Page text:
Havana, Cuba – The Cuban Minister of Foreign Relations, Felipe Pérez Roque, stated in front of some 60 people that the circulation of the two types of currency on the island prevents citizens from acquiring basic necessities.
The encounter took place in the neighborhood, El Moro (the Moor), in the municipality Arroyo Naranjo (Orange Tree Creek), with the objective of motivating the locals to exercise a united vote in the elections of January 20th that turned into an event where the Foreign Secretary made his critical statements about the problematic nature of having the dual monetary system in the country.
“The dual monetary system is unjust because it makes it so that those who don’t have access to foreign currencies can not afford to buy articles of basic necessity, because the salaries have not risen to meet people’s expenses…and that it causes nutrition and housing problems amongst other things” states Pérez Roque.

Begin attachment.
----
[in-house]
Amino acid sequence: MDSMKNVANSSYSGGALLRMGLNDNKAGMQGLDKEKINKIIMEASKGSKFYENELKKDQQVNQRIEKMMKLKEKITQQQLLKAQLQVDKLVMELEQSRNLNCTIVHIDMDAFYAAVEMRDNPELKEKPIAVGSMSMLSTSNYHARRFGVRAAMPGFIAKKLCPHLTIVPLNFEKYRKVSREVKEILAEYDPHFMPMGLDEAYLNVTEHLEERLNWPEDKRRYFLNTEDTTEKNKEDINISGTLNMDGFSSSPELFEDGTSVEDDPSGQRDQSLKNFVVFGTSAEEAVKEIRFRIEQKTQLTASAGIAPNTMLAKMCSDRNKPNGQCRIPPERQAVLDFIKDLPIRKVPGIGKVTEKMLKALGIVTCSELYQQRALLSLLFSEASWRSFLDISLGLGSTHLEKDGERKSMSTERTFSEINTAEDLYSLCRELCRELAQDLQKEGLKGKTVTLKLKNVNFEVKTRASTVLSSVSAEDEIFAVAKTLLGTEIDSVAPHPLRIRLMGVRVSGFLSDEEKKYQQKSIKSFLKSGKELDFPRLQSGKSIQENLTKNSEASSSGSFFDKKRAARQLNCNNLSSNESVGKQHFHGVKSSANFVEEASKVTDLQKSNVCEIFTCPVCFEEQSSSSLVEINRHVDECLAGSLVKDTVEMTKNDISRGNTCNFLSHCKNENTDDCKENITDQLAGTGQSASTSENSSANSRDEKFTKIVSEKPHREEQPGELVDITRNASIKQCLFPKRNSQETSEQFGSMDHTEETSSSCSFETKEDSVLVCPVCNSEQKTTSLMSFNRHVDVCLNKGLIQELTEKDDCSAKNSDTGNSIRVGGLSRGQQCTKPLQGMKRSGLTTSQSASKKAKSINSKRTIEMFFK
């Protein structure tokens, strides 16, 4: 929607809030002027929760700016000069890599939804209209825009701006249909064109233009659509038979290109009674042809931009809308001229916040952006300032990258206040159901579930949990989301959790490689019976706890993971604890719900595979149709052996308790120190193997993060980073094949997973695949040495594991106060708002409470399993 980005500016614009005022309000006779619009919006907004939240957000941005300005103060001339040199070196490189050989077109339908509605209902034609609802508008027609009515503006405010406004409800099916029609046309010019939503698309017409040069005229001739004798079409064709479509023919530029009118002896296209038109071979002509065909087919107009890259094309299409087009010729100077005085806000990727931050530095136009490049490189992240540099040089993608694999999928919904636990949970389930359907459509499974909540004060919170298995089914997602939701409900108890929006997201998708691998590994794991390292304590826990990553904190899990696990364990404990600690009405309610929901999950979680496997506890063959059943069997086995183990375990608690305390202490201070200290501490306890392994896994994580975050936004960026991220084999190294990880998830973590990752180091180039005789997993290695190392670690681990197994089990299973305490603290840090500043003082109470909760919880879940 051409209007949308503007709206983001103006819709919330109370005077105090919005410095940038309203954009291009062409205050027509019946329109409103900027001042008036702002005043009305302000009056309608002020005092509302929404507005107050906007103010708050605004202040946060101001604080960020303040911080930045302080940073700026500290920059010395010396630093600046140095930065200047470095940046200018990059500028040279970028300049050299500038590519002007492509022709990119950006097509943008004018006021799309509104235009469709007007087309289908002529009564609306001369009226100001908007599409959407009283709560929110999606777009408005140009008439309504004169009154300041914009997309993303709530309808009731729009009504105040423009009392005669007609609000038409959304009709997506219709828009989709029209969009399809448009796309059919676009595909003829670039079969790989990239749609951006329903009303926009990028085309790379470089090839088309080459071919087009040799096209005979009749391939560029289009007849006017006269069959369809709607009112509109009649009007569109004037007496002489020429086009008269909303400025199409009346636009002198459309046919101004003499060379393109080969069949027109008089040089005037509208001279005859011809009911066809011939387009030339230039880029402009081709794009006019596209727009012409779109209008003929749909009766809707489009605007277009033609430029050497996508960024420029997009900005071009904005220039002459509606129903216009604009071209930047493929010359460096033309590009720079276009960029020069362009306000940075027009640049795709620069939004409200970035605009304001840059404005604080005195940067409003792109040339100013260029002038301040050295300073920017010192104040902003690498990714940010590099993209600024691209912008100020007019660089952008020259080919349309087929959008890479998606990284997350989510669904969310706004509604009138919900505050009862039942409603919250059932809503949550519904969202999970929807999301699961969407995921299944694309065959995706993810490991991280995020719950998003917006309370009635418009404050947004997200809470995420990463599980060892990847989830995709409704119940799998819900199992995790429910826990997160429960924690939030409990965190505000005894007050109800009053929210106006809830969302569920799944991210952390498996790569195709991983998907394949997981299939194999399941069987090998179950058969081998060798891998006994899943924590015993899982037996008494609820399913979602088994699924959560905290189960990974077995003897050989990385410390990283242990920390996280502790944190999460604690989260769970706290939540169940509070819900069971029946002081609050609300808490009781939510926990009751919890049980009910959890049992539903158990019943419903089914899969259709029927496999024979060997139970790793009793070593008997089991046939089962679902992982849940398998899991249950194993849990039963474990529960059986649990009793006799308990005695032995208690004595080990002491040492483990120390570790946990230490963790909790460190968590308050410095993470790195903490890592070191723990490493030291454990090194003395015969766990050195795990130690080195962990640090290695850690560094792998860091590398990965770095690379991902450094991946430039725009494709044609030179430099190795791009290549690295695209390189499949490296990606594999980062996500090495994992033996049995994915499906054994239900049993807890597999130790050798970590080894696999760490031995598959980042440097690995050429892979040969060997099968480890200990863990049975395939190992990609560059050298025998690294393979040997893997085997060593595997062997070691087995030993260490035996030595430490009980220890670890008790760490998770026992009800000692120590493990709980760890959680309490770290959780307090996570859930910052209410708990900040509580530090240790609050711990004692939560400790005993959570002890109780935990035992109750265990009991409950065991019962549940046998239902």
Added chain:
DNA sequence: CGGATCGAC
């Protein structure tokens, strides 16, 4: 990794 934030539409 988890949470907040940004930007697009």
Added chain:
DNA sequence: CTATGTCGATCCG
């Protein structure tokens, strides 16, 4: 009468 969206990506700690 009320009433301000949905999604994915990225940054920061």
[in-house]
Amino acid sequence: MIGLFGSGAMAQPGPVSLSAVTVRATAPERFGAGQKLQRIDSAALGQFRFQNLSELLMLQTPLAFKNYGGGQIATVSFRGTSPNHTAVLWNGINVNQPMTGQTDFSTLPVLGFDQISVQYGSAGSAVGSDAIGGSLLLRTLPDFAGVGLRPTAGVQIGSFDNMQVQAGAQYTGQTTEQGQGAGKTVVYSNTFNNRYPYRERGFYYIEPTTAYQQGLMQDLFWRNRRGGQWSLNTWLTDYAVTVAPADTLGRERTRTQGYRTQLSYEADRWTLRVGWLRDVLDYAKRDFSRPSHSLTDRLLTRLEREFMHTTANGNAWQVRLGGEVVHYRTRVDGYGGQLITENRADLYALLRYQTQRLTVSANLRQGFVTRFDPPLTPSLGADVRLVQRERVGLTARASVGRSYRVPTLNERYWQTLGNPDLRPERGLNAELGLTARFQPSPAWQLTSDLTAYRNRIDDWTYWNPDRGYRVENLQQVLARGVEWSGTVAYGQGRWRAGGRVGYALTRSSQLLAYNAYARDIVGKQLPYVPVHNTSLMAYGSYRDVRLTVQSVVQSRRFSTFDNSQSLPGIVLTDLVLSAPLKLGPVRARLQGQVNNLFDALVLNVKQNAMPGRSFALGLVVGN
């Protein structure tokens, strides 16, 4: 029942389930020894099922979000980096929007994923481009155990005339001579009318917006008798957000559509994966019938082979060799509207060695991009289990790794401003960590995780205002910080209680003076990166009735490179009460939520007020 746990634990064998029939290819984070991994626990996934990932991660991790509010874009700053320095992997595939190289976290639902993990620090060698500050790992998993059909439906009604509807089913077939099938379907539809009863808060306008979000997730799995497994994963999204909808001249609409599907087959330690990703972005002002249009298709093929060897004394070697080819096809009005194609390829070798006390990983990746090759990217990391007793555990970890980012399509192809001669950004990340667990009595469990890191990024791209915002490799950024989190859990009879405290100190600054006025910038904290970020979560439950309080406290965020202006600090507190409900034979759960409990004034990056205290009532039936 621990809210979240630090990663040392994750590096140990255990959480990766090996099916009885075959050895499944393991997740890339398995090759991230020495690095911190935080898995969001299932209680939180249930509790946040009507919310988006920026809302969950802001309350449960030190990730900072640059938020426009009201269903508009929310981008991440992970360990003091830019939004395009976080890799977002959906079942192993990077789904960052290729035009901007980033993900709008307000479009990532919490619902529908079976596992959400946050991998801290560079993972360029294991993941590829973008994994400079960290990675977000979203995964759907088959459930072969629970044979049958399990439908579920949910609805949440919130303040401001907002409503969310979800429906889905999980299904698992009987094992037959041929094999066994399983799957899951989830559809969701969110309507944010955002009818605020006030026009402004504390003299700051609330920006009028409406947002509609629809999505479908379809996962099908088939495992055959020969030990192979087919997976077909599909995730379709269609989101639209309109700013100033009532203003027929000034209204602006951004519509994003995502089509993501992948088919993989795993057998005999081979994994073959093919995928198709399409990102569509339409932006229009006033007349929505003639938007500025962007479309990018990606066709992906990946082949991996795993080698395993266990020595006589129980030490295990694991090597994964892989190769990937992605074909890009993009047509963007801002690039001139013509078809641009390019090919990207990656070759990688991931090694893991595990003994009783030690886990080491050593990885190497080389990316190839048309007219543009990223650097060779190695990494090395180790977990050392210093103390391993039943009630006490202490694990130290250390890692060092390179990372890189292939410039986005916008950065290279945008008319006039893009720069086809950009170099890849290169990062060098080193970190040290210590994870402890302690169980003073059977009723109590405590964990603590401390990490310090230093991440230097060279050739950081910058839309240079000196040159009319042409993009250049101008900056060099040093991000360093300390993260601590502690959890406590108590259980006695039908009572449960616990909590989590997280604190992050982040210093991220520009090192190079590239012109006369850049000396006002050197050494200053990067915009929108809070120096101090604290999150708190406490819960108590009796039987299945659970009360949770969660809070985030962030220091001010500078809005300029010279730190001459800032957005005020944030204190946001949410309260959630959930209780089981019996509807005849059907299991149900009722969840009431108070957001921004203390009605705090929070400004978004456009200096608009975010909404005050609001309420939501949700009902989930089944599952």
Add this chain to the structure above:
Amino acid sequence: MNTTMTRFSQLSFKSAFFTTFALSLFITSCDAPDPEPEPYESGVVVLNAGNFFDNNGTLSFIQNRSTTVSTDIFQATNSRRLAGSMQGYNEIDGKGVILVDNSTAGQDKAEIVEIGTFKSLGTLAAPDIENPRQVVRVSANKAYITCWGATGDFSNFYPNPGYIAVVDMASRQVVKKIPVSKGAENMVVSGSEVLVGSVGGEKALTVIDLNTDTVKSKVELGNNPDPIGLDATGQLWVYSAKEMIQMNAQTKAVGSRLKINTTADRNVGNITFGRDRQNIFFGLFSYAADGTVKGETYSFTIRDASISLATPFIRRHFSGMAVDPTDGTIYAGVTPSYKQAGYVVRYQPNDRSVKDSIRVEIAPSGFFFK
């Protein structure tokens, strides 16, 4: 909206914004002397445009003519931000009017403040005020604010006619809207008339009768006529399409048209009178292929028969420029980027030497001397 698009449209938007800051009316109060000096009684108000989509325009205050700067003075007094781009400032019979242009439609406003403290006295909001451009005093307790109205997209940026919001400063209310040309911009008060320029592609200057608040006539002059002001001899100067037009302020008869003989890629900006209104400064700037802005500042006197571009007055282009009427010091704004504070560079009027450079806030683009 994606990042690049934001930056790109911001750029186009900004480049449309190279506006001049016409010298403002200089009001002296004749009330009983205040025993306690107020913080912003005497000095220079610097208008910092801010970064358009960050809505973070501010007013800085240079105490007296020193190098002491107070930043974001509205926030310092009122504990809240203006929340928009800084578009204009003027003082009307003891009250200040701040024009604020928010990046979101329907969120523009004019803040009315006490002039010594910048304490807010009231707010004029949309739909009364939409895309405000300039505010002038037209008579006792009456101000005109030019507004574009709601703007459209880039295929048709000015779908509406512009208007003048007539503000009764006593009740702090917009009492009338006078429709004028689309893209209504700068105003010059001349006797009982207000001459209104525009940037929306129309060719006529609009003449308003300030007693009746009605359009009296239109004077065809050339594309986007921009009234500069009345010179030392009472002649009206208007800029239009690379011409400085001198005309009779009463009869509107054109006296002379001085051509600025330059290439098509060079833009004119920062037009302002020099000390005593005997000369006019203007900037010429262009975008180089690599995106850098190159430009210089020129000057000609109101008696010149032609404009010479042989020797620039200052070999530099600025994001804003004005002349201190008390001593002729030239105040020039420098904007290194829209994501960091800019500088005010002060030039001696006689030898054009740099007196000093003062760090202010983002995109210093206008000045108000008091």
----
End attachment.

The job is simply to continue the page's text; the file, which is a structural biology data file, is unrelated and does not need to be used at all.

This is the second occasion where a high ranking Cuban government official has recognized in public that the dual monetary system makes it hard to make ends meet by the end of month, but this time the declarations were not covered in the official press.
In Cuba two types of money exist: the Cuban Peso, the money in which the state pays its employees; and the convertible peso or CUC, a strong currency which was created in 1994 for the acquisition of imported consumer goods. One CUC is currently worth 24 Cuban pesos.
In December 2007, Latin American Federation of Rural Women (FLAMUR in Spanish) turned over a petition to the National Assembly with 10,738 signatures demanding that with the same money that the state uses to pay Cubans a decent wage, could be used to acquire whatever product or service in whatever establishment in the country.